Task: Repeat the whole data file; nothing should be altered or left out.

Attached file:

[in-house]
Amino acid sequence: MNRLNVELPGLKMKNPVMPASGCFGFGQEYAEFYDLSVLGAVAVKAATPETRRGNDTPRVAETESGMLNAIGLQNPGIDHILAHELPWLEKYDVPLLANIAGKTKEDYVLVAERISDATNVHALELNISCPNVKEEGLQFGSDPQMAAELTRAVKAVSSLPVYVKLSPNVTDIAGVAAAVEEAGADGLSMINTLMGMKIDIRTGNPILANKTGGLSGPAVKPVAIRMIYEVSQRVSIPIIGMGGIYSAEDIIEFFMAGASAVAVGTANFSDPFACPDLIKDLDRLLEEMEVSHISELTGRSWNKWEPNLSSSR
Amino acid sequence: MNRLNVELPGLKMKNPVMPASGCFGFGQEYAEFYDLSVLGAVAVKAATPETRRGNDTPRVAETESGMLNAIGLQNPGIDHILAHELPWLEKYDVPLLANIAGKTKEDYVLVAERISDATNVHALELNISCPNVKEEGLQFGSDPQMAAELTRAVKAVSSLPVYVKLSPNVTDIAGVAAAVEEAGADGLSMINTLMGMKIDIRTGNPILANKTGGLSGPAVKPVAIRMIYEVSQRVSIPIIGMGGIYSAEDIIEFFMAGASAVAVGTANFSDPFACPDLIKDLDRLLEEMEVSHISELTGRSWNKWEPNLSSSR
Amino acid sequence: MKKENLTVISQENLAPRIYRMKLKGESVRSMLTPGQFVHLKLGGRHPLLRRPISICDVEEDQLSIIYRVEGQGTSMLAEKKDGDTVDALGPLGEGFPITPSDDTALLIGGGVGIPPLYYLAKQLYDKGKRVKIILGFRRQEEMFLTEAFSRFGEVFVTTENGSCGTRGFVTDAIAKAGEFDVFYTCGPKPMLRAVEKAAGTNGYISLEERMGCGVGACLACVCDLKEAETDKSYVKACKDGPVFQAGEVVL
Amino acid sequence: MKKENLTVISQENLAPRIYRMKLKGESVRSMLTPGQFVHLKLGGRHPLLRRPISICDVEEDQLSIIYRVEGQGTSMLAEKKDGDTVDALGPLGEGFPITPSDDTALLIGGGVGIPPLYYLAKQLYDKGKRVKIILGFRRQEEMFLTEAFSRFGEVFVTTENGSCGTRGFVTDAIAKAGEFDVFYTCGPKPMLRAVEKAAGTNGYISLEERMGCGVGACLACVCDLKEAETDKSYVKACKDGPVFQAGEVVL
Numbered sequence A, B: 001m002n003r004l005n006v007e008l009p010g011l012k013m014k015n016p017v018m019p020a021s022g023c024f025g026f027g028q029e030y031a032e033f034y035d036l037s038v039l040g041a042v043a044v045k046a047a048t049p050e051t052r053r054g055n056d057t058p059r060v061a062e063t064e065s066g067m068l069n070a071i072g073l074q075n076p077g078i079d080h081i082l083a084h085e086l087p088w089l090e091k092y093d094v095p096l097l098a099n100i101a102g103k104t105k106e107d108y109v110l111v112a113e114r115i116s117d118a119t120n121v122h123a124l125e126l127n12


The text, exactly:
[in-house]
Amino acid sequence: MNRLNVELPGLKMKNPVMPASGCFGFGQEYAEFYDLSVLGAVAVKAATPETRRGNDTPRVAETESGMLNAIGLQNPGIDHILAHELPWLEKYDVPLLANIAGKTKEDYVLVAERISDATNVHALELNISCPNVKEEGLQFGSDPQMAAELTRAVKAVSSLPVYVKLSPNVTDIAGVAAAVEEAGADGLSMINTLMGMKIDIRTGNPILANKTGGLSGPAVKPVAIRMIYEVSQRVSIPIIGMGGIYSAEDIIEFFMAGASAVAVGTANFSDPFACPDLIKDLDRLLEEMEVSHISELTGRSWNKWEPNLSSSR
Amino acid sequence: MNRLNVELPGLKMKNPVMPASGCFGFGQEYAEFYDLSVLGAVAVKAATPETRRGNDTPRVAETESGMLNAIGLQNPGIDHILAHELPWLEKYDVPLLANIAGKTKEDYVLVAERISDATNVHALELNISCPNVKEEGLQFGSDPQMAAELTRAVKAVSSLPVYVKLSPNVTDIAGVAAAVEEAGADGLSMINTLMGMKIDIRTGNPILANKTGGLSGPAVKPVAIRMIYEVSQRVSIPIIGMGGIYSAEDIIEFFMAGASAVAVGTANFSDPFACPDLIKDLDRLLEEMEVSHISELTGRSWNKWEPNLSSSR
Amino acid sequence: MKKENLTVISQENLAPRIYRMKLKGESVRSMLTPGQFVHLKLGGRHPLLRRPISICDVEEDQLSIIYRVEGQGTSMLAEKKDGDTVDALGPLGEGFPITPSDDTALLIGGGVGIPPLYYLAKQLYDKGKRVKIILGFRRQEEMFLTEAFSRFGEVFVTTENGSCGTRGFVTDAIAKAGEFDVFYTCGPKPMLRAVEKAAGTNGYISLEERMGCGVGACLACVCDLKEAETDKSYVKACKDGPVFQAGEVVL
Amino acid sequence: MKKENLTVISQENLAPRIYRMKLKGESVRSMLTPGQFVHLKLGGRHPLLRRPISICDVEEDQLSIIYRVEGQGTSMLAEKKDGDTVDALGPLGEGFPITPSDDTALLIGGGVGIPPLYYLAKQLYDKGKRVKIILGFRRQEEMFLTEAFSRFGEVFVTTENGSCGTRGFVTDAIAKAGEFDVFYTCGPKPMLRAVEKAAGTNGYISLEERMGCGVGACLACVCDLKEAETDKSYVKACKDGPVFQAGEVVL
Numbered sequence A, B: 001m002n003r004l005n006v007e008l009p010g011l012k013m014k015n016p017v018m019p020a021s022g023c024f025g026f027g028q029e030y031a032e033f034y035d036l037s038v039l040g041a042v043a044v045k046a047a048t049p050e051t052r053r054g055n056d057t058p059r060v061a062e063t064e065s066g067m068l069n070a071i072g073l074q075n076p077g078i079d080h081i082l083a084h085e086l087p088w089l090e091k092y093d094v095p096l097l098a099n100i101a102g103k104t105k106e107d108y109v110l111v112a113e114r115i116s117d118a119t120n121v122h123a124l125e126l127n12